Amy Butler is a Berkeley resident, mother of two, gardener, aspiring permaculture designer, and a client of the Planting Justice Transform Your Yard program. Professionally, Amy leads program management with the web team at Adobe Systems, where she facilitates inclusive, collaborative teams to design and build web experiences that inspire creativity. Outside of work, she is obsessed with organic gardening, native habitat restoration, permaculture principles, community farmers' markets, and the promise of green jobs turning our paved, polluted, and wasted earth into food-producing public spaces and community farms. Amy is very excited to be working with Planting Justice to bring technology, community, and the food justice movement together and to discover the magic that happens in the process.
B.Thomas "Sky" BuenaVista is a greencollar worker and activist for the Mother Earth Paradigm. His activism began with an underground campaign for Violence Against Women Awareness in 2007, at Solano Prison and continued in his training at San Quentin's Insight Gardening Program. A college tourist, Sky excelled in Biology with lab, Public Health, Statistics, Comparative Religions, but holds no degree. He is certified in computer programming/coding and was once a combat engineer in the U.S. Marine Corps. In the private sector Sky was once the president and founder of A.S.C., a physician referral service based in San Diego. He organized the first ever Fists to Butterflies Mandala Healing Rite at San Quentin's H-Unit. He also organized Contrition, a mentor project for men who never had positive male role models in their lives, and Warrior Meditation, a meditation class utilizing desert and sun visualization and the five-mantra, warrior chant of Tibet.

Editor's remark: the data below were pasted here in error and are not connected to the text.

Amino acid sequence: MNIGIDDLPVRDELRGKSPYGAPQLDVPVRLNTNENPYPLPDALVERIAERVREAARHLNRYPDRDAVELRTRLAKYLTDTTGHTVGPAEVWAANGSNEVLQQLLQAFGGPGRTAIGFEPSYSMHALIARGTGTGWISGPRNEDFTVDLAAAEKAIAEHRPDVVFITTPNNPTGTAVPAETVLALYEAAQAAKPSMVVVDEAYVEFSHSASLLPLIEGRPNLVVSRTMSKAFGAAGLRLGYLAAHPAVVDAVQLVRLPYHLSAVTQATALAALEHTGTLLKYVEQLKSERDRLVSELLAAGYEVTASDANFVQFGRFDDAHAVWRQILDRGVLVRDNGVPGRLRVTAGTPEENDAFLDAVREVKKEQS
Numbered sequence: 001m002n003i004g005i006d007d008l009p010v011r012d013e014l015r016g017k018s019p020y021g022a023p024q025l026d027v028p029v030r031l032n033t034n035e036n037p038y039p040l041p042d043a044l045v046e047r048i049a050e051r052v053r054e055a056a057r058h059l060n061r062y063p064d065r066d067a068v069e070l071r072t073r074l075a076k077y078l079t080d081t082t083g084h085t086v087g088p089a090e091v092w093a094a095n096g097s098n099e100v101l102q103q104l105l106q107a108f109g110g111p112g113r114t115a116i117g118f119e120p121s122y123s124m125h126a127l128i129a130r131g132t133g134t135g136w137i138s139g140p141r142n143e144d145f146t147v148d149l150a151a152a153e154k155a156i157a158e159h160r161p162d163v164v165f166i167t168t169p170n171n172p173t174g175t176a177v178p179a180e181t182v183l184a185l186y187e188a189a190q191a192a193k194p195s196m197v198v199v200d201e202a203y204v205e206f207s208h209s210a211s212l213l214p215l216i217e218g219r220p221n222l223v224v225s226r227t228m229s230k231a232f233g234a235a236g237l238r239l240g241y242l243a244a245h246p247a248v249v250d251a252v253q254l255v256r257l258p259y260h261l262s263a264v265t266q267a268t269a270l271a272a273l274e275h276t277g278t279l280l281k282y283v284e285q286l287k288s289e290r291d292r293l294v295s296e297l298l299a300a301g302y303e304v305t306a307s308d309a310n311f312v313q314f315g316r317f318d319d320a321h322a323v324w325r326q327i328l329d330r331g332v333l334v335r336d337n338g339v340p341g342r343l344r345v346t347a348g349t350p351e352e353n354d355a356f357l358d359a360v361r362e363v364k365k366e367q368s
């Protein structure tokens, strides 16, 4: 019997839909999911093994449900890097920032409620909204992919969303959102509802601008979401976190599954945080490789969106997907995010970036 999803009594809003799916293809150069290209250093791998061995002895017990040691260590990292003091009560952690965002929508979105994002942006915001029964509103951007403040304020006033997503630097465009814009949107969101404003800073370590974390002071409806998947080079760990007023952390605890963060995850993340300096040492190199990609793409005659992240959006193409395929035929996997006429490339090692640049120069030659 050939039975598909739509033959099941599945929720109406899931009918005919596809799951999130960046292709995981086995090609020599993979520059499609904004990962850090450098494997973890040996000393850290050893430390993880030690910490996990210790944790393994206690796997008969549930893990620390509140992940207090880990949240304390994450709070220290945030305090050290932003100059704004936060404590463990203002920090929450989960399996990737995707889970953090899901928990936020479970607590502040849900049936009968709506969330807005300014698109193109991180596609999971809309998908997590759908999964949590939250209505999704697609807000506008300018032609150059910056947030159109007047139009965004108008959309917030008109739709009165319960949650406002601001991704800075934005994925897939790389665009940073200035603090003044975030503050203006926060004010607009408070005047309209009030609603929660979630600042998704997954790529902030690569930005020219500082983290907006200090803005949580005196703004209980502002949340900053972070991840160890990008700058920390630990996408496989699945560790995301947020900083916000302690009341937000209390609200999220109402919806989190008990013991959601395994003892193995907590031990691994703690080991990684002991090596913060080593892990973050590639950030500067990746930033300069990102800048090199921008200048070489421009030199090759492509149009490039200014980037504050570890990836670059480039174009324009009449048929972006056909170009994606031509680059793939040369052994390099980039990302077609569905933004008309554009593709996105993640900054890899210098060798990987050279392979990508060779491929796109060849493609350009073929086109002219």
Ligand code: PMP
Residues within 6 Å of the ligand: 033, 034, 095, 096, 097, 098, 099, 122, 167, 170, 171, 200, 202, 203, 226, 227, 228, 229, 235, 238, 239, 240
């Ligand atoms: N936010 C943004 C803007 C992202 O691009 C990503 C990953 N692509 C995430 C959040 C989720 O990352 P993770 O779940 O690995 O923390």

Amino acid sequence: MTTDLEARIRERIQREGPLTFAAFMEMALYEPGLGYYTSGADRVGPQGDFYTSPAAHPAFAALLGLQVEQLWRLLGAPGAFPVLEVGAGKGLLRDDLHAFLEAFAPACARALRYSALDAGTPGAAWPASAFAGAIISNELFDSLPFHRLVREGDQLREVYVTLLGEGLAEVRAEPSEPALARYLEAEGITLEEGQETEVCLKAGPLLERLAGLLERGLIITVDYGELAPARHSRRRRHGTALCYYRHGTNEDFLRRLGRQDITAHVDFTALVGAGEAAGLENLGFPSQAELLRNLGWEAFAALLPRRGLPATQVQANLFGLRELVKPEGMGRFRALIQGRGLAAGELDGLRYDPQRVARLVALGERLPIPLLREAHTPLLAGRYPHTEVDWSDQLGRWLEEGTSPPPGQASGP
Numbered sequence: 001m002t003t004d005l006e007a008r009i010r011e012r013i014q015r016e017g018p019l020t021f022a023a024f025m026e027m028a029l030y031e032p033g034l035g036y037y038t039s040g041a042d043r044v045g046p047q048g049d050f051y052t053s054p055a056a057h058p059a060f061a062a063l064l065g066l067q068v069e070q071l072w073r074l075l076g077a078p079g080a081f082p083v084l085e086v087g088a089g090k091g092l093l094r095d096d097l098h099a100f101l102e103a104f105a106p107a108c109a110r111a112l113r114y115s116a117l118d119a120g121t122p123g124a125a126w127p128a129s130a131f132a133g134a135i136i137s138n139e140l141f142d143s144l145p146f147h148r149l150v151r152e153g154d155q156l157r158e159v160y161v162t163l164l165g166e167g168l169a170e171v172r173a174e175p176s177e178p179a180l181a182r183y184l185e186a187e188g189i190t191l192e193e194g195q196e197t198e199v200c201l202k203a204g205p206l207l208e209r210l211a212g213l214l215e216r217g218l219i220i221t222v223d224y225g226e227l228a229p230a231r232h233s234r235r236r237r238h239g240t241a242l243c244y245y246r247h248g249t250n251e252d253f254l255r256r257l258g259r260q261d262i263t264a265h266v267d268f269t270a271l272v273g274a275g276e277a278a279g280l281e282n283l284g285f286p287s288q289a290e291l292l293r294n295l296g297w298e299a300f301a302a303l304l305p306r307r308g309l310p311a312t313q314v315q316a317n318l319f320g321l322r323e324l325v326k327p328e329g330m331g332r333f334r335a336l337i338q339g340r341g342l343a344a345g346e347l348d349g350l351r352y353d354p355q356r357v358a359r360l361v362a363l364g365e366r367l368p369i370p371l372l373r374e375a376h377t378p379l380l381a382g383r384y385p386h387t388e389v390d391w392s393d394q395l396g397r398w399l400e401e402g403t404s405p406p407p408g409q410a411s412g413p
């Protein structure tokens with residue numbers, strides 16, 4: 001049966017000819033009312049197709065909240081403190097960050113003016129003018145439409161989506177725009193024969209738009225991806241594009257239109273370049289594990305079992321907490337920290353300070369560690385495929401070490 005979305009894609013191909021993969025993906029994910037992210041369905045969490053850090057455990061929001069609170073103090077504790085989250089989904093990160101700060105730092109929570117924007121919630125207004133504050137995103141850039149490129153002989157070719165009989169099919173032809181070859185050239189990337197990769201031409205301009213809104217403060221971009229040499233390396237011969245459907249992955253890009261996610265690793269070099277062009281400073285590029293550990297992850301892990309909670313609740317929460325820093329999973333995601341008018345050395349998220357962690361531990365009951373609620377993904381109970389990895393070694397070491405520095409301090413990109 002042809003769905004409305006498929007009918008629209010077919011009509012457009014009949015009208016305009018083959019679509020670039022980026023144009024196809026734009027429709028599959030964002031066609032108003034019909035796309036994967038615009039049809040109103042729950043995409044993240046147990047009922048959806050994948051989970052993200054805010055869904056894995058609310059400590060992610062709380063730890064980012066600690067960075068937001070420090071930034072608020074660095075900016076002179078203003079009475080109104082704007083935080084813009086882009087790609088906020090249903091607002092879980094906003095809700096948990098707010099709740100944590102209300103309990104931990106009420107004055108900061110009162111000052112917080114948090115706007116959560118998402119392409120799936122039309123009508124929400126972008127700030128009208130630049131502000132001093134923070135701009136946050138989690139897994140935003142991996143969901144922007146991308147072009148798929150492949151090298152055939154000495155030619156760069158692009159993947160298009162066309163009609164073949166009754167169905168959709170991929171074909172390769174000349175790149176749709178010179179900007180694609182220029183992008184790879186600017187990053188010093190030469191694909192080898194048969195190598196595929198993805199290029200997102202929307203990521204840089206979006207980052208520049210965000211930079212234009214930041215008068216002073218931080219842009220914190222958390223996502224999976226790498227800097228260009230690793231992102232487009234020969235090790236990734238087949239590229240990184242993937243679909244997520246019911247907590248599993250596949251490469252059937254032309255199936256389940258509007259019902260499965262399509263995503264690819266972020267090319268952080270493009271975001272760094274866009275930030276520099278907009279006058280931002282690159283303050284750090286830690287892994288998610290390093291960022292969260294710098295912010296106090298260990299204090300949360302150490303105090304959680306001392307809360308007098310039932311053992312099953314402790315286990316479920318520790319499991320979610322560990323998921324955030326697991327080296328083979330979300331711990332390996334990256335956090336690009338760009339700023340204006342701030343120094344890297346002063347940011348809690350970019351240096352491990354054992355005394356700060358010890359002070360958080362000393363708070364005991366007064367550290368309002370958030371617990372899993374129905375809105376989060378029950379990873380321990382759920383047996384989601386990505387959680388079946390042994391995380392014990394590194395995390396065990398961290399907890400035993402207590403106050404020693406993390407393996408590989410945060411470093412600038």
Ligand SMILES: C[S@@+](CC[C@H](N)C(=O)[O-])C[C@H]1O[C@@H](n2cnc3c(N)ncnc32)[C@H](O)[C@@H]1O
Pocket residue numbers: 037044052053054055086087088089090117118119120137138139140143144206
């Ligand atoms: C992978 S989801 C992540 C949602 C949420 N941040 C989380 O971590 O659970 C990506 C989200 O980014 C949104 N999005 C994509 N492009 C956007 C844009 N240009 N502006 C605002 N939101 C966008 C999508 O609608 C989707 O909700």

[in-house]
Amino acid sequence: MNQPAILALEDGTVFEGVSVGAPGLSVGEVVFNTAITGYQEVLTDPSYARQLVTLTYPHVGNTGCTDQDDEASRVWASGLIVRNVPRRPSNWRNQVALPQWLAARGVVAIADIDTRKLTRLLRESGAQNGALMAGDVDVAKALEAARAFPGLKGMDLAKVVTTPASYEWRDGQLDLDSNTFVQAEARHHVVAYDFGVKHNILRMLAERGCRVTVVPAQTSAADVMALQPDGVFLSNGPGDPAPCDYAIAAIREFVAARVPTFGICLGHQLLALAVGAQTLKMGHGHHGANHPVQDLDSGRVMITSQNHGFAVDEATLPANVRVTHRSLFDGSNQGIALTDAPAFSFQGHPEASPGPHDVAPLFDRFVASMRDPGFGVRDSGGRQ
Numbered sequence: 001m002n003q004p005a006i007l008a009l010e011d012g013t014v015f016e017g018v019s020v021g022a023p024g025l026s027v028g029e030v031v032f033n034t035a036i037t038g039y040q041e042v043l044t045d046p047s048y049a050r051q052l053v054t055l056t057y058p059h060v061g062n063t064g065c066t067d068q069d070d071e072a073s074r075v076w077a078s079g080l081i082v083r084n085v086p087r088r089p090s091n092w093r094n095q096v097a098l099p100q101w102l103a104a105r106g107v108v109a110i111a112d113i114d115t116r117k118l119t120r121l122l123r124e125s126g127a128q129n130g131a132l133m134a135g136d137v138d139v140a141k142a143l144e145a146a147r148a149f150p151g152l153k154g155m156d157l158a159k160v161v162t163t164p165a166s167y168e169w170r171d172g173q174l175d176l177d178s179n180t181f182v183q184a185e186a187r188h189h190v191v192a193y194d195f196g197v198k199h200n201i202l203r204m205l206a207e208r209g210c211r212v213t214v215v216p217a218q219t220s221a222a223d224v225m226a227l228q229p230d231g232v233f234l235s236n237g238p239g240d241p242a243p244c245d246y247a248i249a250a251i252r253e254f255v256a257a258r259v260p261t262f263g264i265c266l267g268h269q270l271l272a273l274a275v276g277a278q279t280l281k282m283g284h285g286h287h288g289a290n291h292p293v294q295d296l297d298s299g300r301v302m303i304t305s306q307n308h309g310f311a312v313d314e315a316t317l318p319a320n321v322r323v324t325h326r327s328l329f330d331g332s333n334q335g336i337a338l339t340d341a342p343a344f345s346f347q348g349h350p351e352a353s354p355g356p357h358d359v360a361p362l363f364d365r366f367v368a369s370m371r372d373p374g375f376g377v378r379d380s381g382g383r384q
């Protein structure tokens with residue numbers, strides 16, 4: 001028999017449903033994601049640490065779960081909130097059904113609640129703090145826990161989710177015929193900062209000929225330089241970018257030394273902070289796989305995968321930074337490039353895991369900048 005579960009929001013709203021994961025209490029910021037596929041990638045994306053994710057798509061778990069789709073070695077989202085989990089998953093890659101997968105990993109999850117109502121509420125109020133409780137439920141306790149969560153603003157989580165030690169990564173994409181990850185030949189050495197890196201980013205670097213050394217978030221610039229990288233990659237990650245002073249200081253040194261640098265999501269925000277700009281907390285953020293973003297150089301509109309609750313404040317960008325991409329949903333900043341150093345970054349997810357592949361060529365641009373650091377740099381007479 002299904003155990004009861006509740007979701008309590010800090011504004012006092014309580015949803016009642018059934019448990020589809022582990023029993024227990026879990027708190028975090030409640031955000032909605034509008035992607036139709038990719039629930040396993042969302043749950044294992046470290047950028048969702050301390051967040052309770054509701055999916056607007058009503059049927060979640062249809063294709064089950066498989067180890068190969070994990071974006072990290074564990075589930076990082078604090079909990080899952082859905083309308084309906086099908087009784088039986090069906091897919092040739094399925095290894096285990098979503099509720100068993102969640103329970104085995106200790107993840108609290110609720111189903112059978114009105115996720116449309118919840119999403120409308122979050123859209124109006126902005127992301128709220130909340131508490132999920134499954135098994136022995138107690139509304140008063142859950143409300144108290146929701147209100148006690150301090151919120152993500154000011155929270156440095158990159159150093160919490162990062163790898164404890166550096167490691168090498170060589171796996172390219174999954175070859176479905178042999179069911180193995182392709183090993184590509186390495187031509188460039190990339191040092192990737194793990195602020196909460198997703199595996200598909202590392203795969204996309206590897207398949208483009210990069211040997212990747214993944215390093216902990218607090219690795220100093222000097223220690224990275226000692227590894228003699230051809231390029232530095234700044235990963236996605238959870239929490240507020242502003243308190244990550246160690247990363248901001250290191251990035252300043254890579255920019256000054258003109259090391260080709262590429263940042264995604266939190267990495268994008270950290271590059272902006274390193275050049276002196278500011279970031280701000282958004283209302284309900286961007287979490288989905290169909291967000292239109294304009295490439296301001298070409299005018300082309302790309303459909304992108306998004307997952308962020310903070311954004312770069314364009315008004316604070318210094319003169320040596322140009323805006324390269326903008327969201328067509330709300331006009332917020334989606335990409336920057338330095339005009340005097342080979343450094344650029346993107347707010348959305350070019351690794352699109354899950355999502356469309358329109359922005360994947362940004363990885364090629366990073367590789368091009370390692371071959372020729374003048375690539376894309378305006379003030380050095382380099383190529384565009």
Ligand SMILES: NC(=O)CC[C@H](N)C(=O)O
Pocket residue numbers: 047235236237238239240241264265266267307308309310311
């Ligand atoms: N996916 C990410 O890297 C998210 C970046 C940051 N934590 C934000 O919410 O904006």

Nicole Wires was born and raised in Boulder, Colorado, where she made a promise to the mountains she loves to swim in every mountain stream, creak, river or lake that she comes across. While her paid work does not define her, she loves working with the Transform Your Yard Team at Planting Justice as a permaculture designer, designing sustainable, California native, and edible landscapes for clients all over the Bay Area. Her unpaid work includes organizing with the White Noise Collective, exploring the intersection of white privilege and gender oppression in the struggle for racial justice, and working to dismantle the prison industrial complex with the #DefundOPD working group of the Anti Police-Terror Project. She also loves to garden, read, dance, climb, hike, play guitar, drum, and explore.